Tuesday, October 30, 2012

Dr. Jekyll and Mr. Hyde

The opening moments of Rouben Mamoulin's Dr. Jekyll and Mr. Hyde are seen through the eyes of Dr. Henry Jekyll (Fredric March). This is probably to establish simply what his world looks like. But as the film slowly wears on, it's not an ideal world for one to be a part of.

He longs to marry Muriel Carew (Rose Hobart) immediately, but her father suggests they wait a while. No one truly appreciates his love of science, so disappointment almost comes naturally to him as a result. But he's too reserved to openly express his true feelings.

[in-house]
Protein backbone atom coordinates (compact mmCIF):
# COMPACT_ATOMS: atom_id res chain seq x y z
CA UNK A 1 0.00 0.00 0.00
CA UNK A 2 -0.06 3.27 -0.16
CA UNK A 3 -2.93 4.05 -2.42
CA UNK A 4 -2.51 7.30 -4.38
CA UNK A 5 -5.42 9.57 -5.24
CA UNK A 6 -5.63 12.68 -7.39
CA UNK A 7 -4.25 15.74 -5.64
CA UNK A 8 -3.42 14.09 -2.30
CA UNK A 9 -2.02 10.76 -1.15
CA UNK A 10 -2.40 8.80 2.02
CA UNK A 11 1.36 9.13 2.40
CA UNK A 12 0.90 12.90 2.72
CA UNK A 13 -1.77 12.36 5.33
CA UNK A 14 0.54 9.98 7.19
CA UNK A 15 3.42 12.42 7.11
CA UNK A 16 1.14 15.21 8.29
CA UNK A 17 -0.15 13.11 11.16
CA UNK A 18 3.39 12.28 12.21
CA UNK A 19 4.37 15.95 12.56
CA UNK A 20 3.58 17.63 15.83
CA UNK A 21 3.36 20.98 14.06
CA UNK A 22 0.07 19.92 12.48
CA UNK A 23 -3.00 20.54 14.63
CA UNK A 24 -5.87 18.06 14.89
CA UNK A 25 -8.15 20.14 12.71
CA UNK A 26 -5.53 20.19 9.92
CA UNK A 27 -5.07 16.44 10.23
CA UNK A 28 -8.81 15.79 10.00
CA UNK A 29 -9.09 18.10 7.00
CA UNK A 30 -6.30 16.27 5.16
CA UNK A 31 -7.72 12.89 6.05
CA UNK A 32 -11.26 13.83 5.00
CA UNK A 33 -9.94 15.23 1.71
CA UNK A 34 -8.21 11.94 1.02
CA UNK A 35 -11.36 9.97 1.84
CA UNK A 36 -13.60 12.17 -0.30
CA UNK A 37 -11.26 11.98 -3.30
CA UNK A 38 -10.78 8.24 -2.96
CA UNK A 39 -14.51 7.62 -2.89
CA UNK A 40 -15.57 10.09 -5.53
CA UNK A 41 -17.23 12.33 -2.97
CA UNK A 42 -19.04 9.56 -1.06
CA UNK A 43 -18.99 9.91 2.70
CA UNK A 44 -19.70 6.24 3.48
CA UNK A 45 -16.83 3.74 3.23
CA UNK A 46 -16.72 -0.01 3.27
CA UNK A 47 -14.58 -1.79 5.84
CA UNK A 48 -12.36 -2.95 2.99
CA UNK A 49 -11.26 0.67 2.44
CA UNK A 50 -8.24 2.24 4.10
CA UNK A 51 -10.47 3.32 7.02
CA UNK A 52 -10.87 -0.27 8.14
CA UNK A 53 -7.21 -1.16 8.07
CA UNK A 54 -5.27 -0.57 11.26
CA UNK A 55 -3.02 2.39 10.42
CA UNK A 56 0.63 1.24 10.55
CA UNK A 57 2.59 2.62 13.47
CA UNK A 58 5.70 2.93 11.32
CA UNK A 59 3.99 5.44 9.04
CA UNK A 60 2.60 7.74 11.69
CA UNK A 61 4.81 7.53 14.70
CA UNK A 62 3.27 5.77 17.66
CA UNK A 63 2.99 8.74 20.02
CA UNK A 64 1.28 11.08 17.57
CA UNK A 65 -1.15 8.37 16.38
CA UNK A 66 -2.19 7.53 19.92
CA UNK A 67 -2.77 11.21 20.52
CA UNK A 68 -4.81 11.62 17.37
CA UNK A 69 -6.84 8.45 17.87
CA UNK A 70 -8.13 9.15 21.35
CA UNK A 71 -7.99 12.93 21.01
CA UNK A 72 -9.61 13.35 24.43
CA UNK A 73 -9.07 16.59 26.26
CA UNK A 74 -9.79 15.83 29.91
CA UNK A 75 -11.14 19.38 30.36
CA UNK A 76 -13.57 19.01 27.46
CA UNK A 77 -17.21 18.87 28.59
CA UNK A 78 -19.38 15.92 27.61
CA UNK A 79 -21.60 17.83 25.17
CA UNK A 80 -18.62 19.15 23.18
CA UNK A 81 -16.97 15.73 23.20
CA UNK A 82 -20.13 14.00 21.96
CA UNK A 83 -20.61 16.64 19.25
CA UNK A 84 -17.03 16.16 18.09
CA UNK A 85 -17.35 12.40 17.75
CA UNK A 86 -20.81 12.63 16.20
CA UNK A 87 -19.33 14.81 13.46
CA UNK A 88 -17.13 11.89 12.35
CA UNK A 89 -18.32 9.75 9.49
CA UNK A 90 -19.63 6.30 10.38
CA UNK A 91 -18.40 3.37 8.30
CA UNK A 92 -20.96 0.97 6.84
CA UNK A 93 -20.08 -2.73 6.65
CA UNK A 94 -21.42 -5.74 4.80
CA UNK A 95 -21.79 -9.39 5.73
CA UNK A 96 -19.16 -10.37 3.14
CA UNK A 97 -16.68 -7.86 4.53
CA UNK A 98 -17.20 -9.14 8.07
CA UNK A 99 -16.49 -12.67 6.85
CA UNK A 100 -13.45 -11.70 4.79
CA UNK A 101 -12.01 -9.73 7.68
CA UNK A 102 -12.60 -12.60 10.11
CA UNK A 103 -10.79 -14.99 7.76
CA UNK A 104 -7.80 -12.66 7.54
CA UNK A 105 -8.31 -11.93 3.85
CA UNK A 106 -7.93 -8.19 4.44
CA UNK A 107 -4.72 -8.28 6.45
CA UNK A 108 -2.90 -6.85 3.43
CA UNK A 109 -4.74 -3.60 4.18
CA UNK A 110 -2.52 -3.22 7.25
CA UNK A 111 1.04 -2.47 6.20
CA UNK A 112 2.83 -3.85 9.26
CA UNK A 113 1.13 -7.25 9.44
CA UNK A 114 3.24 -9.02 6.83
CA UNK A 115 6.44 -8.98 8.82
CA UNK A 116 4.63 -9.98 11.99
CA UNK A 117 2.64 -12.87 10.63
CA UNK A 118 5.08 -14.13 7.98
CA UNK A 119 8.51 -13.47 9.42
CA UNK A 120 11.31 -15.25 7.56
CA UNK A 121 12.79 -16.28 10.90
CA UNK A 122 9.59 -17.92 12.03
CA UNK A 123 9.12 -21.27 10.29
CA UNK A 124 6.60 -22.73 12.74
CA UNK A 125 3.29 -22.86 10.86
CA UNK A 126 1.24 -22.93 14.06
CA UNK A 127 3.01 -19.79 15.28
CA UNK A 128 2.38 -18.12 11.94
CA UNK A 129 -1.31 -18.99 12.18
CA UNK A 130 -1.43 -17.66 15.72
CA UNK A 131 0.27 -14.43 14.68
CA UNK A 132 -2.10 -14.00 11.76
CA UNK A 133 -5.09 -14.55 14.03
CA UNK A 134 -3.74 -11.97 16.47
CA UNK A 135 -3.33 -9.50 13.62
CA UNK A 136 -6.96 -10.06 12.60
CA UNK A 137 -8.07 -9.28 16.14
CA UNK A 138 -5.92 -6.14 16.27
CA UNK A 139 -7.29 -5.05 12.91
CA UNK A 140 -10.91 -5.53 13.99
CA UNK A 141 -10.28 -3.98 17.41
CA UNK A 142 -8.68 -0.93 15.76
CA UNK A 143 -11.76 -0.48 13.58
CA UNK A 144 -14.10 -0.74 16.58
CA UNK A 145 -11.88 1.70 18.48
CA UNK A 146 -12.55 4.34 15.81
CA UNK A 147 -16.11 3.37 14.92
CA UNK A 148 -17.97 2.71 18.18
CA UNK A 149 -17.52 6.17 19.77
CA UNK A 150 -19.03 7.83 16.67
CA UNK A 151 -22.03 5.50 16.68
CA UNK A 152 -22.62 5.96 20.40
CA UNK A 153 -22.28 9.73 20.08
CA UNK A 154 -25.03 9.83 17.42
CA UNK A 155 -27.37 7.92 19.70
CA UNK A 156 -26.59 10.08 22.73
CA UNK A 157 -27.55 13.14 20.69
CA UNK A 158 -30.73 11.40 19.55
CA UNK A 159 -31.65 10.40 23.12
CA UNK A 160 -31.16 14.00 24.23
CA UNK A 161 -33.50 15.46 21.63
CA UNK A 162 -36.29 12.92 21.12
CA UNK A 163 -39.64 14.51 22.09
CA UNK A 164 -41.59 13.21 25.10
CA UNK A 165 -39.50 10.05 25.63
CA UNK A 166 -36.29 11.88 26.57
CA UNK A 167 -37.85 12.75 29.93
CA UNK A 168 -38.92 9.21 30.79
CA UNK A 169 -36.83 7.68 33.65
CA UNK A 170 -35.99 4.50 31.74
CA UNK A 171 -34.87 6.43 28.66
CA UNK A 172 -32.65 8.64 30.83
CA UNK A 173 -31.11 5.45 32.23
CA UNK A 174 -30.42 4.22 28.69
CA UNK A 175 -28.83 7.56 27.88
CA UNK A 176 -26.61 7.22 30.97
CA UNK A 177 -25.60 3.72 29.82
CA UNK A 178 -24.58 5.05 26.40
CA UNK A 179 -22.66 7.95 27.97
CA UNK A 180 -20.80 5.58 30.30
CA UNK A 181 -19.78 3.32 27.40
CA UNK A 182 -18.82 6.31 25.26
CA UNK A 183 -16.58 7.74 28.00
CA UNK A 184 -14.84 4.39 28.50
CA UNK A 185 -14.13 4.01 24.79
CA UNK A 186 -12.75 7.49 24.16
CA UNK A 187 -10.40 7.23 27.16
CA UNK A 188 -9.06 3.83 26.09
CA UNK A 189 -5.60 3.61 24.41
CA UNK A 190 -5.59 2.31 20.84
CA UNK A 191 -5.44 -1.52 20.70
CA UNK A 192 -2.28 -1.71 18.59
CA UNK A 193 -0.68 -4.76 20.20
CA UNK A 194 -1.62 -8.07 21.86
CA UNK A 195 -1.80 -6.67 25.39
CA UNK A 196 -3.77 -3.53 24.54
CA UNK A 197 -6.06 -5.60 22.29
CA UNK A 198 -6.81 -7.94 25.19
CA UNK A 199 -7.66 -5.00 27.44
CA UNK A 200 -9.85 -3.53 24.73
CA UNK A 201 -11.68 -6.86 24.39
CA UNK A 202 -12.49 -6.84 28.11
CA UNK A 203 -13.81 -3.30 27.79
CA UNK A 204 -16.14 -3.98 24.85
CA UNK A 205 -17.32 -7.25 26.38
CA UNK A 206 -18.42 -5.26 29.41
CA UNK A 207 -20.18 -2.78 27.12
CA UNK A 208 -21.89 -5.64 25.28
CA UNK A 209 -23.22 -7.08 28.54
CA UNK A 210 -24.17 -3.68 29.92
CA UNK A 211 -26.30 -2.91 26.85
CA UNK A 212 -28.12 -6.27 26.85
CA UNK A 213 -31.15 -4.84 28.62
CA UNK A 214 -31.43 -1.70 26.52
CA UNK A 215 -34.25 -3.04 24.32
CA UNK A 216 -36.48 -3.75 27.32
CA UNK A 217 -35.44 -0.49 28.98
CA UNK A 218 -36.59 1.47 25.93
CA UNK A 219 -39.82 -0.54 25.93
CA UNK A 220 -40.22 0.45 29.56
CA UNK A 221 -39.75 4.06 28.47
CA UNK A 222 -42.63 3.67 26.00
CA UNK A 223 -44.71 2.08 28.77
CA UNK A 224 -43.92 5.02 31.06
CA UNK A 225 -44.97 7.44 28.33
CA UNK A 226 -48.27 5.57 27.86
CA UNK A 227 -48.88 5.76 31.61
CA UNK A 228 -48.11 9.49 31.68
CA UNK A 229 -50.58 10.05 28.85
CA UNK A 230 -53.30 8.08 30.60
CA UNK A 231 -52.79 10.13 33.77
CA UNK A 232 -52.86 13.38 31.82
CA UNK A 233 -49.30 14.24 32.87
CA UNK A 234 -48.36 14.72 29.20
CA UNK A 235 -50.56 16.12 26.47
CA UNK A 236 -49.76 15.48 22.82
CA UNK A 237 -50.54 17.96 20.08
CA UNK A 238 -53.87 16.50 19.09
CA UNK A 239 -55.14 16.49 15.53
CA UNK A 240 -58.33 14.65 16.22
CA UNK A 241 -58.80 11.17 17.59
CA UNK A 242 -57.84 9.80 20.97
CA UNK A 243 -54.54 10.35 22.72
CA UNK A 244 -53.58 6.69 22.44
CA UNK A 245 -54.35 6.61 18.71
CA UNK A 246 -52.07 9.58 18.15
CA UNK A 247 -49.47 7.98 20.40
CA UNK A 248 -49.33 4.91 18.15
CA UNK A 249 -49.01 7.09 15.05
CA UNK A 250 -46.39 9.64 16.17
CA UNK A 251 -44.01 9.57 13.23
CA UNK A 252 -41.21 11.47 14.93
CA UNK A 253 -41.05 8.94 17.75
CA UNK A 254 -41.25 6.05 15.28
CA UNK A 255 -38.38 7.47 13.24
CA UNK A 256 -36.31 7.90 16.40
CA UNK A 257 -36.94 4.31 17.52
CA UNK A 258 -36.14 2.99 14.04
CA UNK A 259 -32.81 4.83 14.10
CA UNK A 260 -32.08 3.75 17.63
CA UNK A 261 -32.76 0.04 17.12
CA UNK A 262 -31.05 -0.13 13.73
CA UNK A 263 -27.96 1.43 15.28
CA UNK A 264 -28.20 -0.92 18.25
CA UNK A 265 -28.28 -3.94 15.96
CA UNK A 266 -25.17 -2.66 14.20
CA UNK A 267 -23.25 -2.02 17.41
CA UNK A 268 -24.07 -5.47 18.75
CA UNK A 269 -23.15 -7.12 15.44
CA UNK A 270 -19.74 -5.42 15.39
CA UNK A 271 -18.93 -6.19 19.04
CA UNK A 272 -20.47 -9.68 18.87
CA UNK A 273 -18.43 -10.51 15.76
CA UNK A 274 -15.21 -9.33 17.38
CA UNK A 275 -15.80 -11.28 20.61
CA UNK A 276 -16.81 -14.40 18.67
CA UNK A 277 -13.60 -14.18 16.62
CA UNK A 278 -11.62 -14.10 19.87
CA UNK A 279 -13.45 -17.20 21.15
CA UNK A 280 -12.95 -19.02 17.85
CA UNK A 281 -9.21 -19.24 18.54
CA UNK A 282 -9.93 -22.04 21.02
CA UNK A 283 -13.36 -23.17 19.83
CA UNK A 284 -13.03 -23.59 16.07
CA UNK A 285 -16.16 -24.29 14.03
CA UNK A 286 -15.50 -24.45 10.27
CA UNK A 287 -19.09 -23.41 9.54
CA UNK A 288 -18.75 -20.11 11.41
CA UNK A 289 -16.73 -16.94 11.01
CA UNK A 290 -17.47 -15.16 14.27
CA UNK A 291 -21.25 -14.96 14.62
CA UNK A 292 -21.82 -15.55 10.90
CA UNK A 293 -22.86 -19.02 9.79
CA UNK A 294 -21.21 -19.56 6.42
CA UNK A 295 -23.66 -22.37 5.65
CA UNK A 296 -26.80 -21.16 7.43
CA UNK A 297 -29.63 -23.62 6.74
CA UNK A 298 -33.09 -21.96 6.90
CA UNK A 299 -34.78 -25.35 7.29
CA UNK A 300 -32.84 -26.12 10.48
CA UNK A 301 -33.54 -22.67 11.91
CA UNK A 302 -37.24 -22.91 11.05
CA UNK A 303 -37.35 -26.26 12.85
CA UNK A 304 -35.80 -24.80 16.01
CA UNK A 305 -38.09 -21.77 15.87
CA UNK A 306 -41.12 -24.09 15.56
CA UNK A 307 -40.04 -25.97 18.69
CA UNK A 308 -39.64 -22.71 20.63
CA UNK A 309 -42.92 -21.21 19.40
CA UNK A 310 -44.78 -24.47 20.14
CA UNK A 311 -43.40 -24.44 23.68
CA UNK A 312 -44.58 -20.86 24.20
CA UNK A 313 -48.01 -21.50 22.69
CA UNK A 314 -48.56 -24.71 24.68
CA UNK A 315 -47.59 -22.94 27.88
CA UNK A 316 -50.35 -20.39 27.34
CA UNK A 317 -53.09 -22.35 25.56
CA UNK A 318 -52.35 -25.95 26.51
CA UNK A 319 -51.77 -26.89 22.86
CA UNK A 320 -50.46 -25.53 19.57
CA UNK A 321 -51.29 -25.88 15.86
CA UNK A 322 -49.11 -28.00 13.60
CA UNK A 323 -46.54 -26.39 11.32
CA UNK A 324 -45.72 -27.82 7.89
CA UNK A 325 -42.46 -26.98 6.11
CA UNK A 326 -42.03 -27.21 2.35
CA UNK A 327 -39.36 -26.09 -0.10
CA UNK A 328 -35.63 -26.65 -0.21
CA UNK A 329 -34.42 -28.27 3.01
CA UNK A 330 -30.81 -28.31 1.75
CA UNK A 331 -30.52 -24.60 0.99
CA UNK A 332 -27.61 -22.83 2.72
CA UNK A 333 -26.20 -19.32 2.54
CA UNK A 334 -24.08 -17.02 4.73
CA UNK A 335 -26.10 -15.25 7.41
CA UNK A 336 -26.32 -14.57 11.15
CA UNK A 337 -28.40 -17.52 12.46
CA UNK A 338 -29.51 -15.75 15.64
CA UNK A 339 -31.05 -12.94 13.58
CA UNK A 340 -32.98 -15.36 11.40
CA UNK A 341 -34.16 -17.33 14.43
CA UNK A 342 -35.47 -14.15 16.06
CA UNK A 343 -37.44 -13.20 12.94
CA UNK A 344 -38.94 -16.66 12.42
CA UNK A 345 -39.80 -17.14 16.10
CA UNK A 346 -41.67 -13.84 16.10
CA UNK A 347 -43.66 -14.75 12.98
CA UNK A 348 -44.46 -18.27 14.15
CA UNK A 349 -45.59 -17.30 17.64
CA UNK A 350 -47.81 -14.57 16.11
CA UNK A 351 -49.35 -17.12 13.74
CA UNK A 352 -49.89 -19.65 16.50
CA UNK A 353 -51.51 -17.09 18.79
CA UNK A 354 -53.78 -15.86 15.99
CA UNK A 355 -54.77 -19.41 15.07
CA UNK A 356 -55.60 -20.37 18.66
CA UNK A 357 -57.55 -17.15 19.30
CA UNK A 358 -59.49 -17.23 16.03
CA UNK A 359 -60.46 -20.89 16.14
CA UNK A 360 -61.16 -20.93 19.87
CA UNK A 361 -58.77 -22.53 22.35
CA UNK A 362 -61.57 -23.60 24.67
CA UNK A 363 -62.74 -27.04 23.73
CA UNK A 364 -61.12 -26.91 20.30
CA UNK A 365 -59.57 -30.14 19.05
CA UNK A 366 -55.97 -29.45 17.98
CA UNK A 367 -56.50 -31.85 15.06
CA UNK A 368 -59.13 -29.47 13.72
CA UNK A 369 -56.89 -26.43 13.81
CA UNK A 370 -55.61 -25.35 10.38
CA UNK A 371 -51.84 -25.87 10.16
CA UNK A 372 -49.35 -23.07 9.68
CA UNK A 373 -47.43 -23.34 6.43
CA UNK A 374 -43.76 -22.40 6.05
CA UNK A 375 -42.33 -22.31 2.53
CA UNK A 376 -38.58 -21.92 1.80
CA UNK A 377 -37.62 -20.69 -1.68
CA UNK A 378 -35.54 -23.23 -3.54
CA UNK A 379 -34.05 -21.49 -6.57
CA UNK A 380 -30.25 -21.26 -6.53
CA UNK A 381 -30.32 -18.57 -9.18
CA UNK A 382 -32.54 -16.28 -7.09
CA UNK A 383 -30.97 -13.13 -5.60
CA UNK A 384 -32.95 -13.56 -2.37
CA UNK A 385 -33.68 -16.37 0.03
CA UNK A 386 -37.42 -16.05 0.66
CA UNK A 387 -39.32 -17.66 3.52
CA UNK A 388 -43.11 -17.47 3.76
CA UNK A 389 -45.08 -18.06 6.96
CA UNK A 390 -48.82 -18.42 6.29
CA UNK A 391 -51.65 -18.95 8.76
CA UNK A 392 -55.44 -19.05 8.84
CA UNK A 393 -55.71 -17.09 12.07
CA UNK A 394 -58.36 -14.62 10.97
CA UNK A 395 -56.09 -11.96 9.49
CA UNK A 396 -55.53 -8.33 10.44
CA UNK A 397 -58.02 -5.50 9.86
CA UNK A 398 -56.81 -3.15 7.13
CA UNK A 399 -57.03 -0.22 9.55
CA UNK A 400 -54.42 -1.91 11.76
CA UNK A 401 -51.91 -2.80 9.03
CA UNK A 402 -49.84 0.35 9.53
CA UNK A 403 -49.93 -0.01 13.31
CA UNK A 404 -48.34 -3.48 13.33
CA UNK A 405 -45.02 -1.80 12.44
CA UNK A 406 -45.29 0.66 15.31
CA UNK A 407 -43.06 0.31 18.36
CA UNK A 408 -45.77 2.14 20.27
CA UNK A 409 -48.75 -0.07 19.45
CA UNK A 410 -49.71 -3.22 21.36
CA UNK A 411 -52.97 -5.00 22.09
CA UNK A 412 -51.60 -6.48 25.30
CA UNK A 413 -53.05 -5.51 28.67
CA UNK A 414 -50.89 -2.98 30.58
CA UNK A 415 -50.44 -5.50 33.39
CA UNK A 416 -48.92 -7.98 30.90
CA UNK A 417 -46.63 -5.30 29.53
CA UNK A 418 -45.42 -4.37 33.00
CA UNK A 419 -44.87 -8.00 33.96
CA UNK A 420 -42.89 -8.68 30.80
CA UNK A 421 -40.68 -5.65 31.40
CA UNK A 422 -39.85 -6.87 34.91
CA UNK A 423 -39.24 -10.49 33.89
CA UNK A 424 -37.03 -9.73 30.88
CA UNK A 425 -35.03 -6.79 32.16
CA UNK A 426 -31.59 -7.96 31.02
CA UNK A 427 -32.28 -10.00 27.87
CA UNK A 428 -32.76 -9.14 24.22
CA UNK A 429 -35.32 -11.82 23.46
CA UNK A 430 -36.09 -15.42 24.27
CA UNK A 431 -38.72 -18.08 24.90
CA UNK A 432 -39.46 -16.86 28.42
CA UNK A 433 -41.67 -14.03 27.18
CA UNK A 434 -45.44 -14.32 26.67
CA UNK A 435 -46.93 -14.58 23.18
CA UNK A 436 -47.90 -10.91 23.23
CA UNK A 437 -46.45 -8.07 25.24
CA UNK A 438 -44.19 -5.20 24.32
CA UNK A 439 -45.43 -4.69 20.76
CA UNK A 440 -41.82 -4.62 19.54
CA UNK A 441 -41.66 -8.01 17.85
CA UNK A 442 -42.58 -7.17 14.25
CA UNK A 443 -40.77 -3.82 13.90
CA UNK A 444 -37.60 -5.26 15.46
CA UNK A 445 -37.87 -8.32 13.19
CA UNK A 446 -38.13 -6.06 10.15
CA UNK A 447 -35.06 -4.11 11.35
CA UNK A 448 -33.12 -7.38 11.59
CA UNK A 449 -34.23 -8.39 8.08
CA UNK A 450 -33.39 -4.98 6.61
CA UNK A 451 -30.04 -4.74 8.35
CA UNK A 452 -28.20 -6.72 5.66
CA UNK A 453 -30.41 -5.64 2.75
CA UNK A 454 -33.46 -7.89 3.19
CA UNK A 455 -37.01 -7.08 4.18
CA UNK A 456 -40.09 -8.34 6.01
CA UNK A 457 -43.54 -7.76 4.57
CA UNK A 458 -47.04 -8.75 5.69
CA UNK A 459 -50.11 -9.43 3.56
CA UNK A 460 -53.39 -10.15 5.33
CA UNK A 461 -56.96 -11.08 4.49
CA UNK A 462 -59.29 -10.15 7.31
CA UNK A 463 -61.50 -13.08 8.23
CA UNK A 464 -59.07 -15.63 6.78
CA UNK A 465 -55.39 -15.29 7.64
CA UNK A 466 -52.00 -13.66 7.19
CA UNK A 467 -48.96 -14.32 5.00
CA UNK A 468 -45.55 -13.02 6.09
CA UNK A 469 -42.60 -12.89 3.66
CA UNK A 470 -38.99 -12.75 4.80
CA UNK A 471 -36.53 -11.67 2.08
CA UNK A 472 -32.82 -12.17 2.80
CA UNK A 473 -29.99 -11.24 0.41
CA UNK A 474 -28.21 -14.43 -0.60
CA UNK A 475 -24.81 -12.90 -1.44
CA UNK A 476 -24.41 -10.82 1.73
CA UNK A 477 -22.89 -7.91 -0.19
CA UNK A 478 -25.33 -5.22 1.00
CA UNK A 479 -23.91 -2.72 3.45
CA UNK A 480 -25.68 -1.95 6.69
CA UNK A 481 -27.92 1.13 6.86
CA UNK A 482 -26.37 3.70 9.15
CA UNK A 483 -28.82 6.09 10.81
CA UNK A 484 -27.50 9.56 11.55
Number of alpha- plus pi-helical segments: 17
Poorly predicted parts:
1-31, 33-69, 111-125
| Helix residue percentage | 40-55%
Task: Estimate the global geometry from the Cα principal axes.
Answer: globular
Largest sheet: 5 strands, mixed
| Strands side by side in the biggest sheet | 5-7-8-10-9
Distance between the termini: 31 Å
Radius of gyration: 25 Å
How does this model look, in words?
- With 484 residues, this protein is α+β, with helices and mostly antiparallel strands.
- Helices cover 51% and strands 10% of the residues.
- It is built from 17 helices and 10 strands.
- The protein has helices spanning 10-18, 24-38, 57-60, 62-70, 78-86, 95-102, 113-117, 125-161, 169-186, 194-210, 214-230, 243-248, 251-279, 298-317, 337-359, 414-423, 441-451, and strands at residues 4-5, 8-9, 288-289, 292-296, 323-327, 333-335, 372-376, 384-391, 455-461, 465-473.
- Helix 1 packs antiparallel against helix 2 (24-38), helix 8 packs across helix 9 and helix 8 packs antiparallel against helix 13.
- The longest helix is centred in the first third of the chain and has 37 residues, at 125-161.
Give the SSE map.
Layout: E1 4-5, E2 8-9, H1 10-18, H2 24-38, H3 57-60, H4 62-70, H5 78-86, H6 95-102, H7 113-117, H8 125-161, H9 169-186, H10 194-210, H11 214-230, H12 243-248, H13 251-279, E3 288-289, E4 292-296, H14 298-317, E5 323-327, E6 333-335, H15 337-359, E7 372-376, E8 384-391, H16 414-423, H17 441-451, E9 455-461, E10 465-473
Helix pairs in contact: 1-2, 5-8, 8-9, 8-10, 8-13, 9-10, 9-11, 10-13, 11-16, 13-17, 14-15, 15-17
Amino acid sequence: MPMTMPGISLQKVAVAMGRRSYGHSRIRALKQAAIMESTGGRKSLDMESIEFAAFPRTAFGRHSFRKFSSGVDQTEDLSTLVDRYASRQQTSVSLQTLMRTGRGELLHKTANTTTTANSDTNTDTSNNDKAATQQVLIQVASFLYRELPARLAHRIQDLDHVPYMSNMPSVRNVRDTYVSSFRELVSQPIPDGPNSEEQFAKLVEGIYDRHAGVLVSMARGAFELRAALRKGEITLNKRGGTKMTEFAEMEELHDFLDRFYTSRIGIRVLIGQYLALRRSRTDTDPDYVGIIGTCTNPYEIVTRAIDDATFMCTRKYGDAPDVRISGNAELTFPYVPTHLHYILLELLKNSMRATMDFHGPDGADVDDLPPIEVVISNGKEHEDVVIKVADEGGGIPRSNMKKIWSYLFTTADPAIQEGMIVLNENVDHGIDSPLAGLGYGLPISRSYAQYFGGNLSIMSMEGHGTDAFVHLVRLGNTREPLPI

His alter ego Mr. Hyde (which was the result of a curious experiment), however, isn't afraid to speak his mind. If something angers him, he says so. He's openly abusive to Ivy Pearson (Miriam Hopkins). And, if not careful, he will venture into darker matters.

March gives a fascinating performance as Jekyll and Hyde. As Jekyll, he's quiet and reserved, a perfect gentleman if you will. (Or an angel as Ivy calls him.) As Hyde, he's a pure beast. (Ivy calls him the devil.) No surprise on how he won that Oscar.

Dr. Jekyll and Mr. Hyde is very good though it feels rushed in some scenes. March and also Hopkins are great in their roles. It's definitely one of the essential 1930s horror films. (And boy, you can tell this was made in the pre-code era.)

My Rating: ****1/2

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